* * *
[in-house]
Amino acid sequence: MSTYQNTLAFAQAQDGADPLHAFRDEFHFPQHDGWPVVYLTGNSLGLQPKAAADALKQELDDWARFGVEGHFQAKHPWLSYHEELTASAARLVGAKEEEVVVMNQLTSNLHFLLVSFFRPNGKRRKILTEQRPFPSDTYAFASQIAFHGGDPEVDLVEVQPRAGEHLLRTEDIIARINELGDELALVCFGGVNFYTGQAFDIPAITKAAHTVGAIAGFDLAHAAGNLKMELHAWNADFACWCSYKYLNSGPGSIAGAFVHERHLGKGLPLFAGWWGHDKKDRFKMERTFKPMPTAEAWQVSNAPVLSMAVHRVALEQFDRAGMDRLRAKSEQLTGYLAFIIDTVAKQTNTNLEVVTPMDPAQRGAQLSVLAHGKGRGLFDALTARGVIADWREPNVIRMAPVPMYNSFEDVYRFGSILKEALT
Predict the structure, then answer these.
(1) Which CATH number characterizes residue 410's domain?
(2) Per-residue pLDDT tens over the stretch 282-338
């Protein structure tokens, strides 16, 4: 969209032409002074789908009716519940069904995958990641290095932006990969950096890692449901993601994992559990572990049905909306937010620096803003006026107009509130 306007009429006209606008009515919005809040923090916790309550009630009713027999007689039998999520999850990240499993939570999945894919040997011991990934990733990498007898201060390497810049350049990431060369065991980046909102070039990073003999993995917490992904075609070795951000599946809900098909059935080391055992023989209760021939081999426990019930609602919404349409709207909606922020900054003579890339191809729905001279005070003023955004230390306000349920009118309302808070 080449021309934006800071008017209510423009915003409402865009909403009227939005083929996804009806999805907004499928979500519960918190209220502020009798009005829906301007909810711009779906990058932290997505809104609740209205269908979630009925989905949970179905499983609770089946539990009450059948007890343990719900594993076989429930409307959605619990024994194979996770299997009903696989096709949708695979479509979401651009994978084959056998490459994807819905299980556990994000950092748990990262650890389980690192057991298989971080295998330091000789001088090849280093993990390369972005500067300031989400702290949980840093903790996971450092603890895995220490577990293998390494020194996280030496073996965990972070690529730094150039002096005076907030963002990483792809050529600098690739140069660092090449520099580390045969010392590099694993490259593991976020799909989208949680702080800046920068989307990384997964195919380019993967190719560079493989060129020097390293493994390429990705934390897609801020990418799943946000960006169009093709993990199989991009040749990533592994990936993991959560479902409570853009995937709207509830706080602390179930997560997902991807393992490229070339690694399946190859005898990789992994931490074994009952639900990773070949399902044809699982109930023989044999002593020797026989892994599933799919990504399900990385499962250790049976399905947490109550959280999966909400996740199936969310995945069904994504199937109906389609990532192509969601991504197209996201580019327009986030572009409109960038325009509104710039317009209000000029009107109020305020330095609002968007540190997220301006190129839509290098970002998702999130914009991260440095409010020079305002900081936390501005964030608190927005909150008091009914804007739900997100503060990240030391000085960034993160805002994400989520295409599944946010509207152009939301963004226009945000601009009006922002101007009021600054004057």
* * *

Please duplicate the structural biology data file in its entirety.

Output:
[in-house]
Amino acid sequence: MSTYQNTLAFAQAQDGADPLHAFRDEFHFPQHDGWPVVYLTGNSLGLQPKAAADALKQELDDWARFGVEGHFQAKHPWLSYHEELTASAARLVGAKEEEVVVMNQLTSNLHFLLVSFFRPNGKRRKILTEQRPFPSDTYAFASQIAFHGGDPEVDLVEVQPRAGEHLLRTEDIIARINELGDELALVCFGGVNFYTGQAFDIPAITKAAHTVGAIAGFDLAHAAGNLKMELHAWNADFACWCSYKYLNSGPGSIAGAFVHERHLGKGLPLFAGWWGHDKKDRFKMERTFKPMPTAEAWQVSNAPVLSMAVHRVALEQFDRAGMDRLRAKSEQLTGYLAFIIDTVAKQTNTNLEVVTPMDPAQRGAQLSVLAHGKGRGLFDALTARGVIADWREPNVIRMAPVPMYNSFEDVYRFGSILKEALT
Predict the structure, then answer these.
(1) Which CATH number characterizes residue 410's domain?
(2) Per-residue pLDDT tens over the stretch 282-338
């Protein structure tokens, strides 16, 4: 969209032409002074789908009716519940069904995958990641290095932006990969950096890692449901993601994992559990572990049905909306937010620096803003006026107009509130 306007009429006209606008009515919005809040923090916790309550009630009713027999007689039998999520999850990240499993939570999945894919040997011991990934990733990498007898201060390497810049350049990431060369065991980046909102070039990073003999993995917490992904075609070795951000599946809900098909059935080391055992023989209760021939081999426990019930609602919404349409709207909606922020900054003579890339191809729905001279005070003023955004230390306000349920009118309302808070 080449021309934006800071008017209510423009915003409402865009909403009227939005083929996804009806999805907004499928979500519960918190209220502020009798009005829906301007909810711009779906990058932290997505809104609740209205269908979630009925989905949970179905499983609770089946539990009450059948007890343990719900594993076989429930409307959605619990024994194979996770299997009903696989096709949708695979479509979401651009994978084959056998490459994807819905299980556990994000950092748990990262650890389980690192057991298989971080295998330091000789001088090849280093993990390369972005500067300031989400702290949980840093903790996971450092603890895995220490577990293998390494020194996280030496073996965990972070690529730094150039002096005076907030963002990483792809050529600098690739140069660092090449520099580390045969010392590099694993490259593991976020799909989208949680702080800046920068989307990384997964195919380019993967190719560079493989060129020097390293493994390429990705934390897609801020990418799943946000960006169009093709993990199989991009040749990533592994990936993991959560479902409570853009995937709207509830706080602390179930997560997902991807393992490229070339690694399946190859005898990789992994931490074994009952639900990773070949399902044809699982109930023989044999002593020797026989892994599933799919990504399900990385499962250790049976399905947490109550959280999966909400996740199936969310995945069904994504199937109906389609990532192509969601991504197209996201580019327009986030572009409109960038325009509104710039317009209000000029009107109020305020330095609002968007540190997220301006190129839509290098970002998702999130914009991260440095409010020079305002900081936390501005964030608190927005909150008091009914804007739900997100503060990240030391000085960034993160805002994400989520295409599944946010509207152009939301963004226009945000601009009006922002101007009021600054004057």